prove that god created the world, and that the biblical account of, the biblical description
of the origin of the world, is totally incompatible with the theory of evolution, and with geology
and other findings of modern science. Creationism: what makes it so embarrassing?
So difficult to listen to? What makes you wince and feel uncomfortable,
when people are giving apologies for, explanations of, creationism?
It’s not that they’re wrong about particular facts. Being wrong is something that happens
to human beings, and, y’know, we’re all infinitely ignorant.
It’s easy to sympathize with someone who’s just factually wrong, and it isn’t even that
they’re wrong ethically or morally… …although, obviously, there’s a lot wrong
[ethically] with their position [too]… What makes it hard to even listen to a creationist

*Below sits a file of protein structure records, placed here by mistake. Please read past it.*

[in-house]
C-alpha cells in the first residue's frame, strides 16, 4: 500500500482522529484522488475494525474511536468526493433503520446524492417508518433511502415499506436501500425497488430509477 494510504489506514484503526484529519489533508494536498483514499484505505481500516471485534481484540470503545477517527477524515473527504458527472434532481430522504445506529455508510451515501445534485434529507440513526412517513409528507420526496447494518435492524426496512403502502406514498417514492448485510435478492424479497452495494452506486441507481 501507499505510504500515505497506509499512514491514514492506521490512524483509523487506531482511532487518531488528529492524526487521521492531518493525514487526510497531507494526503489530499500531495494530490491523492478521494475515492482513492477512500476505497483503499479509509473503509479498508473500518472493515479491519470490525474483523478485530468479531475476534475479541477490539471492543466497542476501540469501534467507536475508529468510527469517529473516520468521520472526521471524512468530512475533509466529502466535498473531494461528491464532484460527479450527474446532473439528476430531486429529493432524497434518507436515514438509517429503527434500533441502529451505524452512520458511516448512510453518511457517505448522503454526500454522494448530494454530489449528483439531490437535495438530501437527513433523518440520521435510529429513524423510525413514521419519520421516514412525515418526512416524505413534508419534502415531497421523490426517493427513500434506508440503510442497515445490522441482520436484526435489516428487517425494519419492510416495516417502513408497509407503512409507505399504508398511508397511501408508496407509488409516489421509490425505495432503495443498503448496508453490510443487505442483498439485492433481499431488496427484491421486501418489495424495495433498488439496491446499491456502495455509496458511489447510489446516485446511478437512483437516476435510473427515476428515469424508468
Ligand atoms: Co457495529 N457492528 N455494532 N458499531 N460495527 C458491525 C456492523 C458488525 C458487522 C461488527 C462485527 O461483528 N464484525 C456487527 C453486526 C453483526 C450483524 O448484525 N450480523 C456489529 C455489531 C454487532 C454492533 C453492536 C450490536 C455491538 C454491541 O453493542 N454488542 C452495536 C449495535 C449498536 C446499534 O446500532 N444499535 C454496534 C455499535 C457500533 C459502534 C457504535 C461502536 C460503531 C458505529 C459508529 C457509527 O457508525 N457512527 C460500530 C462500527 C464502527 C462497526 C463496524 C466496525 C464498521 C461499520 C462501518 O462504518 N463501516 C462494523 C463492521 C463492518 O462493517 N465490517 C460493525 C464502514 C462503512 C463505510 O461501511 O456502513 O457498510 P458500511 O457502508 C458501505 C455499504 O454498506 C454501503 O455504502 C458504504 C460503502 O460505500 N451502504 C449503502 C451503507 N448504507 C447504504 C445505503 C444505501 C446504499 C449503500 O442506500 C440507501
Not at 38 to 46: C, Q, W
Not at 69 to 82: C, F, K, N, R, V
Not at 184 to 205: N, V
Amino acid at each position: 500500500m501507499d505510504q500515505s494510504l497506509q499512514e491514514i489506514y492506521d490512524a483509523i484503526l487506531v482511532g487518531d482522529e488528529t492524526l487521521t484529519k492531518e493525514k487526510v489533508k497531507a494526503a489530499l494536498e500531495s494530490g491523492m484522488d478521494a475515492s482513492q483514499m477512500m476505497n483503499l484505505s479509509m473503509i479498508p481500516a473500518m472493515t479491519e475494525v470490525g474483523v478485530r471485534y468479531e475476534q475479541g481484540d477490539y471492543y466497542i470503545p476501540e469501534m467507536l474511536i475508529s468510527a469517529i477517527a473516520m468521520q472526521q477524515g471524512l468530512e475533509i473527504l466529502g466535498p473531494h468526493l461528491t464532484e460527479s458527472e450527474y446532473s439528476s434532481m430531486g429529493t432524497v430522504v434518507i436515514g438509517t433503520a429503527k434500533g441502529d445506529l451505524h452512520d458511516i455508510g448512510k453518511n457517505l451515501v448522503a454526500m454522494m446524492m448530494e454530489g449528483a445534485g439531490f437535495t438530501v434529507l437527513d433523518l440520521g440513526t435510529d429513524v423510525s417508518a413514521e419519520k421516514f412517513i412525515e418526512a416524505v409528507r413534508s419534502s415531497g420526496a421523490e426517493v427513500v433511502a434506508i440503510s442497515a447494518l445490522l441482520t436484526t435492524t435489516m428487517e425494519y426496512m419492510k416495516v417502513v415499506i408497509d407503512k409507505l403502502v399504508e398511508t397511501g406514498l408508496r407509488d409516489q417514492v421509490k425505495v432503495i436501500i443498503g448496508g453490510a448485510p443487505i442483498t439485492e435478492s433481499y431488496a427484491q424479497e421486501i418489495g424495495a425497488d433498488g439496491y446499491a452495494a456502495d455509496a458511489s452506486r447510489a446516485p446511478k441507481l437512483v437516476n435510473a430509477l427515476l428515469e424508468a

argument is that they’re trying so hard to use the bible to answer questions that are
neither asked nor answered in the bible. I remember a video that was posted by James
Randi (a magician, who later became a kind of cheerleader for skepticism and atheism),
and he was asked a question from the audience by a woman who was quite offended by his atheism.
This woman demanded of him, from her position as a Christian creationist, “Well, how do
you explain gravity? How do you explain time?” And, actually, James Randi, he got flustered,
he didn’t give a very good reply. But, what makes it so absurd for the creationist
to attack modern science isn’t that their particular answers are wrong. This woman,
for example, in attacking James Randi, she thought of the bible as a book that did have
an answer to the question, “What is gravity?” [and] “What is time?” Those questions are